PhD Oral Exam - Andrew Covert, Film and Moving Image Studies
When studying for a doctoral degree (PhD), candidates submit a thesis that provides a critical review of the current state of knowledge of the thesis subject as well as the student’s own contributions to the subject. The distinguishing criterion of doctoral graduate research is a significant and original contribution to knowledge.
Once accepted, the candidate presents the thesis orally. This oral exam is open to the public.
Abraham Zapruder's 26-second film of the assassination of John F. Kennedy is an indisputably unique piece of cinema. Despite its incredible currency in the world of national political history, and the shadowy world of conspiracy, it has a checkered past with regards to its assimilation into the discourse of film studies. Looked at, variably, as a piece of documentary, reportage or abstract fragment, it has been discussed largely for its cultural, historical or legal impact. This dissertation will chart its deeper implications when considered as a discrete film text and theoretical object, and will contend that, in this light, the Zapruder film fundamentally disrupts the cinematic apparatus’ promise of a holistic representation of reality.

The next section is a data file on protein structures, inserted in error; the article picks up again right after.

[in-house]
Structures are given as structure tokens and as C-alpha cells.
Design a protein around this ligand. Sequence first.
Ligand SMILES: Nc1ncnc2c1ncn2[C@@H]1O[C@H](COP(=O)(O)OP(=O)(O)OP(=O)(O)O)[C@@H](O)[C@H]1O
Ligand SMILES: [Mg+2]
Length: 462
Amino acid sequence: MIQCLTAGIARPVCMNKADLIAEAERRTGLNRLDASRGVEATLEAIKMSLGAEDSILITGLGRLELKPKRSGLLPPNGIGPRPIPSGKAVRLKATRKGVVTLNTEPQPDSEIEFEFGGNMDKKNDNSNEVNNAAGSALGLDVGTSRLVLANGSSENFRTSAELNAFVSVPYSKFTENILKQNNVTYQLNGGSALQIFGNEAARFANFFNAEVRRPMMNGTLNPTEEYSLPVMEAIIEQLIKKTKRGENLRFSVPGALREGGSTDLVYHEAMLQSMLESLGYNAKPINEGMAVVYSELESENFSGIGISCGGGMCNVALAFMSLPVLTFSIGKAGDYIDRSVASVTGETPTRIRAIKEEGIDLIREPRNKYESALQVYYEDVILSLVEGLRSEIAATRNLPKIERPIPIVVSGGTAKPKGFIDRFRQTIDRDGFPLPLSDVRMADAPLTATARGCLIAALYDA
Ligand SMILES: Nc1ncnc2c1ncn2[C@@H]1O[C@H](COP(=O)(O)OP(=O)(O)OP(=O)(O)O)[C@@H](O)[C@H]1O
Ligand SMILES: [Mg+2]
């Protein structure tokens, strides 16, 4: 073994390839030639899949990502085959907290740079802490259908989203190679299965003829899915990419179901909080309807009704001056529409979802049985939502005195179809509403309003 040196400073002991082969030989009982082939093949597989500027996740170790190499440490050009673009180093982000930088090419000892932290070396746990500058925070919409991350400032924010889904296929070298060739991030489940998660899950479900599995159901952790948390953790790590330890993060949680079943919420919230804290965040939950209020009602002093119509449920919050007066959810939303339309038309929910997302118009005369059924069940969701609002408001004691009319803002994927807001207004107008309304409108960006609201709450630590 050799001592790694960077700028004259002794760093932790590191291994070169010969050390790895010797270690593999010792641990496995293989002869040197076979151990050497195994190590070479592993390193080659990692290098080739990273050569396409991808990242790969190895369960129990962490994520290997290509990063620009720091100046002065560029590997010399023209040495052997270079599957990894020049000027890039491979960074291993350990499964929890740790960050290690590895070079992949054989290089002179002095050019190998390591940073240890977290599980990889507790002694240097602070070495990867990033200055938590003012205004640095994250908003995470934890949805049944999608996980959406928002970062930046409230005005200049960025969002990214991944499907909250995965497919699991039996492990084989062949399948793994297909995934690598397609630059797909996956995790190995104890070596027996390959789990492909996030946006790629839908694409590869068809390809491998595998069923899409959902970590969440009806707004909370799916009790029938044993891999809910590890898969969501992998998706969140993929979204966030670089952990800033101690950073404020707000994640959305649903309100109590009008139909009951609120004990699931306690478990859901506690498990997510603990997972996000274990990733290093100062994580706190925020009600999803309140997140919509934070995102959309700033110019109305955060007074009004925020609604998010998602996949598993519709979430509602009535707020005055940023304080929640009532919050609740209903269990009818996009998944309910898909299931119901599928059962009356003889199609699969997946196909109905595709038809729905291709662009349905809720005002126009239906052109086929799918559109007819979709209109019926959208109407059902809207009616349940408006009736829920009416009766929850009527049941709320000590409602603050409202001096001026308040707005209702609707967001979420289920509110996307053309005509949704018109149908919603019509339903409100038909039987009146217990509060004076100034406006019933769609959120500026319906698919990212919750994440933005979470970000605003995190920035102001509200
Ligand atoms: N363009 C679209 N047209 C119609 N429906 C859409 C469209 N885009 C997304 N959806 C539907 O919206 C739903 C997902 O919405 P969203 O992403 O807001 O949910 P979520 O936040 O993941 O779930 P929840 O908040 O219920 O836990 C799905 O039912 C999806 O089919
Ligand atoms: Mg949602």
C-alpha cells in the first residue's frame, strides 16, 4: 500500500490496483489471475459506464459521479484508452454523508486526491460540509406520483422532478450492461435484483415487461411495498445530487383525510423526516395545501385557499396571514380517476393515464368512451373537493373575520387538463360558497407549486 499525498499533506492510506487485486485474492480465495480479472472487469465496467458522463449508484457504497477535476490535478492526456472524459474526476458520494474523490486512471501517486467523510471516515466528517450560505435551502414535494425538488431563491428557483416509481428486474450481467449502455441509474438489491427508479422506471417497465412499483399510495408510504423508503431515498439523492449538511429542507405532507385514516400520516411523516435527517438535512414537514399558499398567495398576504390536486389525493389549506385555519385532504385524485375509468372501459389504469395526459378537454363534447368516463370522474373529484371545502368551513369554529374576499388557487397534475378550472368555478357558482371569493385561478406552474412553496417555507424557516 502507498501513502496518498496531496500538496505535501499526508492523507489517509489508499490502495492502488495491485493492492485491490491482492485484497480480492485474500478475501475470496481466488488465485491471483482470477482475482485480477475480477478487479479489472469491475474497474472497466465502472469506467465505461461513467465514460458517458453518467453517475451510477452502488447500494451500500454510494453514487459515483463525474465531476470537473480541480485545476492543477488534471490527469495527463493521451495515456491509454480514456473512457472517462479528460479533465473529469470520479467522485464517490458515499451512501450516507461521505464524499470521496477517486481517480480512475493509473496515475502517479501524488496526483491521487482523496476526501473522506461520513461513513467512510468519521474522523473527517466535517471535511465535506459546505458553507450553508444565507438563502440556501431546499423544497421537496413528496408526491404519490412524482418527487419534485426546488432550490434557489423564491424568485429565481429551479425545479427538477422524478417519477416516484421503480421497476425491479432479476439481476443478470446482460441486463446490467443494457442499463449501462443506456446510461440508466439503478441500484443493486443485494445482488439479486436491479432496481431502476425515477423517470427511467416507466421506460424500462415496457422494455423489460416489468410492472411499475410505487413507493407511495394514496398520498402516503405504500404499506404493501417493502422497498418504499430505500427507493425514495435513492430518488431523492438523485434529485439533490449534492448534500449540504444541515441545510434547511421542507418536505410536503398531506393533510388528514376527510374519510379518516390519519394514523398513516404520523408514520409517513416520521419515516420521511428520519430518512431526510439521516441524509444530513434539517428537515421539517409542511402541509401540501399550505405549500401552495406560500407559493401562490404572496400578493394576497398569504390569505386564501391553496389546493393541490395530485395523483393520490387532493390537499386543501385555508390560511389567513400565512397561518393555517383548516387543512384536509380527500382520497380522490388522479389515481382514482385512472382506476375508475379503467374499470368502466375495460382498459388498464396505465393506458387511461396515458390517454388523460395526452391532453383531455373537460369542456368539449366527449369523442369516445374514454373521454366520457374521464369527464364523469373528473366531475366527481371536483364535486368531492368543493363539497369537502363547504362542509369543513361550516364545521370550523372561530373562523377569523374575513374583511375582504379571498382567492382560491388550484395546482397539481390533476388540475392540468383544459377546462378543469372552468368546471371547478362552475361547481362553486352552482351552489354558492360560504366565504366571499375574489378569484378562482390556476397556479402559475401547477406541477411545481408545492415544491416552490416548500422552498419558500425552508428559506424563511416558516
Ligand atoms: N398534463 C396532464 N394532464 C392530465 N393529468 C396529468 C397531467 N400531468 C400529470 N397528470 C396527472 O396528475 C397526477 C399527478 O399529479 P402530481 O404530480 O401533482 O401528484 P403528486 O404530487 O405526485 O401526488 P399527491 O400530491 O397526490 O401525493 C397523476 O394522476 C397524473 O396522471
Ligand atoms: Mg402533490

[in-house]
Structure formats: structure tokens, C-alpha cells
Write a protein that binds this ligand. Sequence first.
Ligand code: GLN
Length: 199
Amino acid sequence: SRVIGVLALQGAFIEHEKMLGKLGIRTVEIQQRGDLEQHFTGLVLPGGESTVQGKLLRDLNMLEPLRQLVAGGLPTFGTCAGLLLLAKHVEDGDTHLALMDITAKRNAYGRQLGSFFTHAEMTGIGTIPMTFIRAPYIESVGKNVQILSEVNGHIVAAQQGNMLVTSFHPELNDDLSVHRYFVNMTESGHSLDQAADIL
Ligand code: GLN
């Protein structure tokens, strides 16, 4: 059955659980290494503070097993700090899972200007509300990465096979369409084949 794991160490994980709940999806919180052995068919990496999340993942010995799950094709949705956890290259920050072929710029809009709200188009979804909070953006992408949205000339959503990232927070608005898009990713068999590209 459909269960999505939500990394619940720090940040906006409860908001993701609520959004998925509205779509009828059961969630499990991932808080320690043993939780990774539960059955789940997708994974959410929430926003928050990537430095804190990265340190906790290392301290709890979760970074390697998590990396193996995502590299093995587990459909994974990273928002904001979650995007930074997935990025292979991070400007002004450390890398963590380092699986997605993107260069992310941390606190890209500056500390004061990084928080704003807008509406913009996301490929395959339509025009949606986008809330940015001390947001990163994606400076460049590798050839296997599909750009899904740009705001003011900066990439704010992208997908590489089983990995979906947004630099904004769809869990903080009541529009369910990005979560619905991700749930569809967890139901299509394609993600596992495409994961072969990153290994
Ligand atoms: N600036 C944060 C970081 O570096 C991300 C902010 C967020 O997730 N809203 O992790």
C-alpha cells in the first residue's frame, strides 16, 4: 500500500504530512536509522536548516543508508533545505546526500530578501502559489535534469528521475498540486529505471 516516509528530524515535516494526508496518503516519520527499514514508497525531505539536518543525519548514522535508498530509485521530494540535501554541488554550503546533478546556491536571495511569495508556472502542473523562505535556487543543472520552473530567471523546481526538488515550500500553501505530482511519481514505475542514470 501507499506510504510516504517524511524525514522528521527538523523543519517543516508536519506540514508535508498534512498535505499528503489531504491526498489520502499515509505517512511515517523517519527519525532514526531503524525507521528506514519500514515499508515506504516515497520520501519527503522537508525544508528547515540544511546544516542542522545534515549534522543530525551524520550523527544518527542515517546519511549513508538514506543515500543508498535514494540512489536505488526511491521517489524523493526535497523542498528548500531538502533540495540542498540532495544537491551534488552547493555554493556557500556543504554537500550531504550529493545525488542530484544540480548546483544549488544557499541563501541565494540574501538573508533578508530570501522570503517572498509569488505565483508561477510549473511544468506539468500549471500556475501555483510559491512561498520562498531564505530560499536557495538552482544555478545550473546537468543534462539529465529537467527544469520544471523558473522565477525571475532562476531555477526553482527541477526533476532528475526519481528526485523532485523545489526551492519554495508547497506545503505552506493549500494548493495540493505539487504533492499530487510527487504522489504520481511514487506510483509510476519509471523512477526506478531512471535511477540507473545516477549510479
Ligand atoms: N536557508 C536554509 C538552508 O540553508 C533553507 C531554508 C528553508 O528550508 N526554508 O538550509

This disruption will be fundamentally connected to the film’s interaction with the primary theoretical concepts of attraction, indexicality and contingency as they are understood in the discipline. An investigation of the Zapruder film’s formal and structural similarities to the earliest cinematic products and the disruptions connected to the cinema of attractions and early types of “event” filmmaking will be essential. Connections to the use of attractions in experimental film will also show productive comparisons. Fiction film’s connection to these issues and their engagement with the disruption proposed by the Zapruder film will also be important. Here it will be necessary to chart the way narrative can act as both a palliative and intensifying force for the epistemological uncertainty of the images proposed. Finally, we must understand the extent to which the dynamic and ever-changing context of digital remediation has affected the disruptions of the Zapruder film.
All of these considerations are not intended to fix the meaning of the Zapruder film or to detract from its impact in other realms. The key intervention of this dissertation is to open a space for it, not as an orphan child of circumstance, but deeply connected to the process and fundamental structure of cinematic representations as such. This work then is not so much recuperative as it is meant to fully understand and appreciate the depth to which film texts on the borders of the discipline can speak to its very core.